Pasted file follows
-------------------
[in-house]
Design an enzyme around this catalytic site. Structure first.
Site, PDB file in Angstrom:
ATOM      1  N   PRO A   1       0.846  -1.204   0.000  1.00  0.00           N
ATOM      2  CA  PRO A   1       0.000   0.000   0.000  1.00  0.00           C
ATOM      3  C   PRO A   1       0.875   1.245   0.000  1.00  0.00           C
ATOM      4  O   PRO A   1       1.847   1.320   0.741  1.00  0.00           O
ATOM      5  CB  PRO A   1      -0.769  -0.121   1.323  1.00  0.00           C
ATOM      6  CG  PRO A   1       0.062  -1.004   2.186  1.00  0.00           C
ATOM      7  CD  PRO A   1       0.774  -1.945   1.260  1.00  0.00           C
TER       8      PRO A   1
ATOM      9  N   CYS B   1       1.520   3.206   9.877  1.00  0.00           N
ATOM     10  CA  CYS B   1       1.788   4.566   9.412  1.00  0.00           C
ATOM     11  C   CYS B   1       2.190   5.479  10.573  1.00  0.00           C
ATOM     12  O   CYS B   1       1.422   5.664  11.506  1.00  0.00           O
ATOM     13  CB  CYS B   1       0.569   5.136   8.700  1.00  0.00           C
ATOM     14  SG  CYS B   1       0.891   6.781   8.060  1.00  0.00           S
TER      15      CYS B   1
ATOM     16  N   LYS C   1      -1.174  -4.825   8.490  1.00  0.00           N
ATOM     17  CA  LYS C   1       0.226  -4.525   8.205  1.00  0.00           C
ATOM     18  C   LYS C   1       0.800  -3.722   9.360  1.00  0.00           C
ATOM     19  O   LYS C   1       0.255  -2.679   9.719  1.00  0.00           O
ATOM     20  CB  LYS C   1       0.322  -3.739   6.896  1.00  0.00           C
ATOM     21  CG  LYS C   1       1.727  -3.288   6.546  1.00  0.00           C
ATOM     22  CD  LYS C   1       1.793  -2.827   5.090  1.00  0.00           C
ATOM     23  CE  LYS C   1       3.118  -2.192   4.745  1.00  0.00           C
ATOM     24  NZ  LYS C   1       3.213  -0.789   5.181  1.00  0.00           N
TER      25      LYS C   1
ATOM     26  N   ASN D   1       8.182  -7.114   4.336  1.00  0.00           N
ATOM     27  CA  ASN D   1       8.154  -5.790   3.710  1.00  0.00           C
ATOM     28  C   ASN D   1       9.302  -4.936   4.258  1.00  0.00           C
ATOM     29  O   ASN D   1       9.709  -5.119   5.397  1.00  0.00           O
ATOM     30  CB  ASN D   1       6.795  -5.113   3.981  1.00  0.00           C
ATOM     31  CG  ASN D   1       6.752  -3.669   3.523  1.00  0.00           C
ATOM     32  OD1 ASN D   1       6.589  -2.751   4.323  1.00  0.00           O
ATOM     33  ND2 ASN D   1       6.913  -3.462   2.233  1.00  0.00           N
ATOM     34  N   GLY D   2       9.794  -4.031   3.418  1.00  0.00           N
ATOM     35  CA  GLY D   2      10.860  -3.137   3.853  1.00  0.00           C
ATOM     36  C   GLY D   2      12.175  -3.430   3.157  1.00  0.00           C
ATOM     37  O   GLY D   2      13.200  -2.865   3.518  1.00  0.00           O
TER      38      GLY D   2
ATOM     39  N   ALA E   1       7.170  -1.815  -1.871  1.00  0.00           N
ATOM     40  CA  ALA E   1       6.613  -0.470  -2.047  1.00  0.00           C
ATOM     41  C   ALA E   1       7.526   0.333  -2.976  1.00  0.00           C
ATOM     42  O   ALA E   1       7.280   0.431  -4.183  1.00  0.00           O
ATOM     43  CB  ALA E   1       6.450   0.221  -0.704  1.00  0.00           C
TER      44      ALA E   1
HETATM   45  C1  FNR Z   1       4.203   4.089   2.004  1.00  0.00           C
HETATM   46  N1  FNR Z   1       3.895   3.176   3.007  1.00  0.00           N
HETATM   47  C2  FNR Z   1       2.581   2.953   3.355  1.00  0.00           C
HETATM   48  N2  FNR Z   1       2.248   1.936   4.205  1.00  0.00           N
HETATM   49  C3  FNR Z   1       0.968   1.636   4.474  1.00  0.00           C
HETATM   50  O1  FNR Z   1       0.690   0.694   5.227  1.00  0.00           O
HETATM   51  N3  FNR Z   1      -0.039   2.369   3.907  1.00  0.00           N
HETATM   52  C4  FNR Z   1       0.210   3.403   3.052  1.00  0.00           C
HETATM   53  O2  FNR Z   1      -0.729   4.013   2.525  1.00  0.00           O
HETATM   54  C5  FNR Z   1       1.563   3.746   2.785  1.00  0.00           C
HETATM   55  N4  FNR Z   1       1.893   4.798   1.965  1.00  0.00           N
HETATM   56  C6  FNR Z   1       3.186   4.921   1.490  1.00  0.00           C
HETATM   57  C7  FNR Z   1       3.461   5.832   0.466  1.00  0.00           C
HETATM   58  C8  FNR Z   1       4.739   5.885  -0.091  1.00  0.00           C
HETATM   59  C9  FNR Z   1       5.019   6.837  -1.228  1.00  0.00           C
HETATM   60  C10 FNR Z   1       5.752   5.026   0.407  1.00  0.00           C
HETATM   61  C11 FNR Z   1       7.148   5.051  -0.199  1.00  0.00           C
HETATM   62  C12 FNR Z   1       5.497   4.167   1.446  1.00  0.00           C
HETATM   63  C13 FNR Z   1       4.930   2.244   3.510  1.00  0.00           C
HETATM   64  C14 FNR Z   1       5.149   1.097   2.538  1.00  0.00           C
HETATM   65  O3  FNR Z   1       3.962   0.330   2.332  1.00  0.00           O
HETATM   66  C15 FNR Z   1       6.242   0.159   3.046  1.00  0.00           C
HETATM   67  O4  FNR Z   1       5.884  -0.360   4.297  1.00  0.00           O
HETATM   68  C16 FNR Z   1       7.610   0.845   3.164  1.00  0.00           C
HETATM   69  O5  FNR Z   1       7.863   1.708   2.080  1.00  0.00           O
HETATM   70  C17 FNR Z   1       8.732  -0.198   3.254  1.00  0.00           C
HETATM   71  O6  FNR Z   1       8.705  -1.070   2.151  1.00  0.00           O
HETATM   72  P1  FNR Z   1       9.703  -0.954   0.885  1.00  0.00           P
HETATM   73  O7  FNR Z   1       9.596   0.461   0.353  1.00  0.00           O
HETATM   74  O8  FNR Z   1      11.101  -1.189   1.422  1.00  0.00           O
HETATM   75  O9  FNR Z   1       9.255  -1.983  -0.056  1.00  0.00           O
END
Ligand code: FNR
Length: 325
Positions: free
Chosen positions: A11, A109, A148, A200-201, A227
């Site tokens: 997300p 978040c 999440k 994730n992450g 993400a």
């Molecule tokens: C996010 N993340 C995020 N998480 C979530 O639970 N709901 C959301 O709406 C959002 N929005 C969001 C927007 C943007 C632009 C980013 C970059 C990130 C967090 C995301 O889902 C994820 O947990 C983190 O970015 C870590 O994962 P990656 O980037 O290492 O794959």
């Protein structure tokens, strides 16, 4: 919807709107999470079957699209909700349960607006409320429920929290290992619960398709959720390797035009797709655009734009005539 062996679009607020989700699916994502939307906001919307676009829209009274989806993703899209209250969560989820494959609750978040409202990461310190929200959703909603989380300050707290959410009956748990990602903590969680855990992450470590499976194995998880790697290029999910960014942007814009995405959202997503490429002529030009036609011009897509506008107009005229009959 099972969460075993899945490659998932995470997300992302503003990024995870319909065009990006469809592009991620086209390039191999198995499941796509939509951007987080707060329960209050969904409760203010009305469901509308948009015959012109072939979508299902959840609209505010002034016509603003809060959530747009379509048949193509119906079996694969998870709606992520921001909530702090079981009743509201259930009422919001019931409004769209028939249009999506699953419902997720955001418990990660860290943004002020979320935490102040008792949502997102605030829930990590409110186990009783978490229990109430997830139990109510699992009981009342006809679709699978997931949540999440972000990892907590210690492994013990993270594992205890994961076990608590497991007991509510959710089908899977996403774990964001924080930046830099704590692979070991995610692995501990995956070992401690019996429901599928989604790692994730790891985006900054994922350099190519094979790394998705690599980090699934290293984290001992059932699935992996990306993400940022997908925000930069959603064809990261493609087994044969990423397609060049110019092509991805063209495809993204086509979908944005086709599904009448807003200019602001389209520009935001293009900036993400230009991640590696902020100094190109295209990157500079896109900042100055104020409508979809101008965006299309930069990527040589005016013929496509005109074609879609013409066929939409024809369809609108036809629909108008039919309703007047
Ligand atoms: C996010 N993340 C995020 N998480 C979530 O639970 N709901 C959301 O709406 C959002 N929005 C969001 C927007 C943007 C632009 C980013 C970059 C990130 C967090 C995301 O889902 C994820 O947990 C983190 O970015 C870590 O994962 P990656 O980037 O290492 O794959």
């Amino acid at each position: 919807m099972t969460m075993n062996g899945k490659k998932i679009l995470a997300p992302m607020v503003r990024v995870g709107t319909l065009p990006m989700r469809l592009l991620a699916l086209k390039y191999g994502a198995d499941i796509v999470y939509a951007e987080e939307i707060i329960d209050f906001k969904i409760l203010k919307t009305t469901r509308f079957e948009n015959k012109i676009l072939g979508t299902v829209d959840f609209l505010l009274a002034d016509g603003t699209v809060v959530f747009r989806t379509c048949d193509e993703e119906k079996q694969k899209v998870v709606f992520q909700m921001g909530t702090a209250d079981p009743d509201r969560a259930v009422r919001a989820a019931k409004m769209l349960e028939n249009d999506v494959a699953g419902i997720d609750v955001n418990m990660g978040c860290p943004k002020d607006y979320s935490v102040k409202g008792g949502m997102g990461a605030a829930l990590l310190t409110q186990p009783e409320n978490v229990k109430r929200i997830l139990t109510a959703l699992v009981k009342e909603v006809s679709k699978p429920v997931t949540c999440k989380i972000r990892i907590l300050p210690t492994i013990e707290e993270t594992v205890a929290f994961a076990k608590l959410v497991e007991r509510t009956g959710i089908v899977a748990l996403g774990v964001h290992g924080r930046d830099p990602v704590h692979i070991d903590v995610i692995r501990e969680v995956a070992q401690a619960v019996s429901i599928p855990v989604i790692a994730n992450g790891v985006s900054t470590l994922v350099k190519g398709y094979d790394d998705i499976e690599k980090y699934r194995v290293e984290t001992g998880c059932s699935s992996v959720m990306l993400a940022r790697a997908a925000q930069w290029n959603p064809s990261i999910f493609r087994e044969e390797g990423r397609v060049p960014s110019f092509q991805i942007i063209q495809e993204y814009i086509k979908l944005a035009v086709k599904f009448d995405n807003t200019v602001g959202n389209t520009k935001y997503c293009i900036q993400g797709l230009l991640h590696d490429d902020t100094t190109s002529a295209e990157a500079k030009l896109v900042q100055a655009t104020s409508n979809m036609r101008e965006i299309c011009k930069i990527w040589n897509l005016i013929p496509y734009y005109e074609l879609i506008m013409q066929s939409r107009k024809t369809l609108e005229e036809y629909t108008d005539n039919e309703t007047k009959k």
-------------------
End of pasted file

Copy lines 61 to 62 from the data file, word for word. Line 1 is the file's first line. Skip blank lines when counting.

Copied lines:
HETATM   58  C8  FNR Z   1       4.739   5.885  -0.091  1.00  0.00           C
HETATM   59  C9  FNR Z   1       5.019   6.837  -1.228  1.00  0.00           C